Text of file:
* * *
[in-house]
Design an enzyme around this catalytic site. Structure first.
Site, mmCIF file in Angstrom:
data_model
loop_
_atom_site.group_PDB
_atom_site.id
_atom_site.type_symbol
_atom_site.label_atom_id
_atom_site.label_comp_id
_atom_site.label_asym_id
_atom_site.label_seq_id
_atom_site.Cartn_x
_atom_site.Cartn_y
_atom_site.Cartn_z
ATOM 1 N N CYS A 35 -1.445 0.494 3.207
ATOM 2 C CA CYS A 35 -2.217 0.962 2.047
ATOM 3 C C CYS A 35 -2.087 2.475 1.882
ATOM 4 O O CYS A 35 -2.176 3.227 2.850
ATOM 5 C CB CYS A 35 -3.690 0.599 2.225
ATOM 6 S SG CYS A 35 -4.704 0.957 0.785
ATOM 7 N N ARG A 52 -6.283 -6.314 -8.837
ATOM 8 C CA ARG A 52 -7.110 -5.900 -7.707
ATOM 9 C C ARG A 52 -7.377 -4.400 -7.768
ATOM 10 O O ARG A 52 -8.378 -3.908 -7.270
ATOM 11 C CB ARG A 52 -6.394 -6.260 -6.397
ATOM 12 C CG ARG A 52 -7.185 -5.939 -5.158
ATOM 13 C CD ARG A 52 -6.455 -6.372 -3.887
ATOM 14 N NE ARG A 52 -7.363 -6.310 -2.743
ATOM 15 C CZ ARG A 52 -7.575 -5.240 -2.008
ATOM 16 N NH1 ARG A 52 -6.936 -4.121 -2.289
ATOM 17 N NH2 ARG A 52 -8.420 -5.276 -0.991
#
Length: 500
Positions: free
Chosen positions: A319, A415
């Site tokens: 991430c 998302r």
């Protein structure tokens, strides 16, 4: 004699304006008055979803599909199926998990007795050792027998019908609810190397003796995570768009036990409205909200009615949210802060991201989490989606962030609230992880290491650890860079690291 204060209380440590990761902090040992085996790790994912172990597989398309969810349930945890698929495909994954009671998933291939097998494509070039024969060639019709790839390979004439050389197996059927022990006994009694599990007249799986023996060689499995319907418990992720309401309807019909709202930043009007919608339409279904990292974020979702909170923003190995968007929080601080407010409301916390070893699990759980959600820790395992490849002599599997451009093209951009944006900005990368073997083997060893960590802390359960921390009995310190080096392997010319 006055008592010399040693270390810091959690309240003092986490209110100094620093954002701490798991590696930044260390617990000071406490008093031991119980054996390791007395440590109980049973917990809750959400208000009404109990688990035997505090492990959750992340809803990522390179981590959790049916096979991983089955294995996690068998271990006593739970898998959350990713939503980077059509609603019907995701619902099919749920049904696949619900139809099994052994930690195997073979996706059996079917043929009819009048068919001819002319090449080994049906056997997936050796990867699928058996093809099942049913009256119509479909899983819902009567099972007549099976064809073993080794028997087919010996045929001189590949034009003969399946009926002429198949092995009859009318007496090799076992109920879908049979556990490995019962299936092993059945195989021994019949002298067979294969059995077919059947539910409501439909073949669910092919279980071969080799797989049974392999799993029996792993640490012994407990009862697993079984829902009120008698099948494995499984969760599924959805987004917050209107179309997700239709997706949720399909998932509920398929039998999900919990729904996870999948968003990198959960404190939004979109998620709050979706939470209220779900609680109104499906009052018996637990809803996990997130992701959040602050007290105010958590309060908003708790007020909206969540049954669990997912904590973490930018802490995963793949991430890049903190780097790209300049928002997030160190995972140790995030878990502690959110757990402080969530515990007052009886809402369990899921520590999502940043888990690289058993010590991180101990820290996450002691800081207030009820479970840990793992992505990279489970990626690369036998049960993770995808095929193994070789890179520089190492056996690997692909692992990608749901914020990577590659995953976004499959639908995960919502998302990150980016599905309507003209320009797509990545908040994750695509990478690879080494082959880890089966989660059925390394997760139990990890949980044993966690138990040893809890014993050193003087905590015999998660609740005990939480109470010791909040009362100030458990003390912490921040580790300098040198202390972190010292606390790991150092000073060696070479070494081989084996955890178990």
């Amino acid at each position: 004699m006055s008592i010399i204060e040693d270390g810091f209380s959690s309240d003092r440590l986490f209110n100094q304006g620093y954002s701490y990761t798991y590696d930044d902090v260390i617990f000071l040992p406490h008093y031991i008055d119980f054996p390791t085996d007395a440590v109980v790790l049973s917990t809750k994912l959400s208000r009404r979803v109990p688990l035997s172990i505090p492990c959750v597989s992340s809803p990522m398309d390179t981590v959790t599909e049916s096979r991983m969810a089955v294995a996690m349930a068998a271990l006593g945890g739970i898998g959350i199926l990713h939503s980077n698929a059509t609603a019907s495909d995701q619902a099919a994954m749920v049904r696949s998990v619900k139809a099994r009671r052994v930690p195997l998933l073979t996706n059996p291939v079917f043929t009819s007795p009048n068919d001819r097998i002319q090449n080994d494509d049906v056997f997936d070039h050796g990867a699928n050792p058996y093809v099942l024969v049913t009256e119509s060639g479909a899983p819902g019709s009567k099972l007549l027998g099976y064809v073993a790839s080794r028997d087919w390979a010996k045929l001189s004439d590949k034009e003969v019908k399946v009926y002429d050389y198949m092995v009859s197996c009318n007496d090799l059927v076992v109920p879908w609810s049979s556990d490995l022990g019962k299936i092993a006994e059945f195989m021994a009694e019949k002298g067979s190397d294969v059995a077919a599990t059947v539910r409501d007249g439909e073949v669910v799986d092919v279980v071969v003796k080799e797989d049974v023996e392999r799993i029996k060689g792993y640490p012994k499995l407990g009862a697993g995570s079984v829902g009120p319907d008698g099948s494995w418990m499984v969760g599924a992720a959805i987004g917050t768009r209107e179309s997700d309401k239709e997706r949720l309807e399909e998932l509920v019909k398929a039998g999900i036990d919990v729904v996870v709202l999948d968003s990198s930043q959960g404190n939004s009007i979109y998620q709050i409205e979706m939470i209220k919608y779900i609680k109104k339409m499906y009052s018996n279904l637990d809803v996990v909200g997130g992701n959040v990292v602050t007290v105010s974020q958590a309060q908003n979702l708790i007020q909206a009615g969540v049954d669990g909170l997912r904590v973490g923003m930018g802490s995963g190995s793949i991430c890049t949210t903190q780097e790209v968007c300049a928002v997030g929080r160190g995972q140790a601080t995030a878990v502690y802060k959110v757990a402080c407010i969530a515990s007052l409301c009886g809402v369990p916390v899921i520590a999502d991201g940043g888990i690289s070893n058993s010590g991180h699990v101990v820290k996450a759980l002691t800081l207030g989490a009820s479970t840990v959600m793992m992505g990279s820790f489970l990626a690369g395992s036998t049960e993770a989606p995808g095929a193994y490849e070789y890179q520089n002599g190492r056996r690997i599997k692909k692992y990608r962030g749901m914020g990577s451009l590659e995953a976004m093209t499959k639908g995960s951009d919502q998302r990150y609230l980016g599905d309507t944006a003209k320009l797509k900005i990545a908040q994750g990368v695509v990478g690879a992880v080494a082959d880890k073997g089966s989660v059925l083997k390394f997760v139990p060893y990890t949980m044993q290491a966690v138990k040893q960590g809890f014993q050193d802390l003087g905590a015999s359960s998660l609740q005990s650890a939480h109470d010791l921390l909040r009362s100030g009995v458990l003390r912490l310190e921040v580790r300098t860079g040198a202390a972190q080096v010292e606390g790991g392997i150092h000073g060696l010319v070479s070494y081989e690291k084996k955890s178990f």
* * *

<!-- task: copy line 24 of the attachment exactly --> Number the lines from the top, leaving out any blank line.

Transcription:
ATOM 9 C C ARG A 52 -7.377 -4.400 -7.768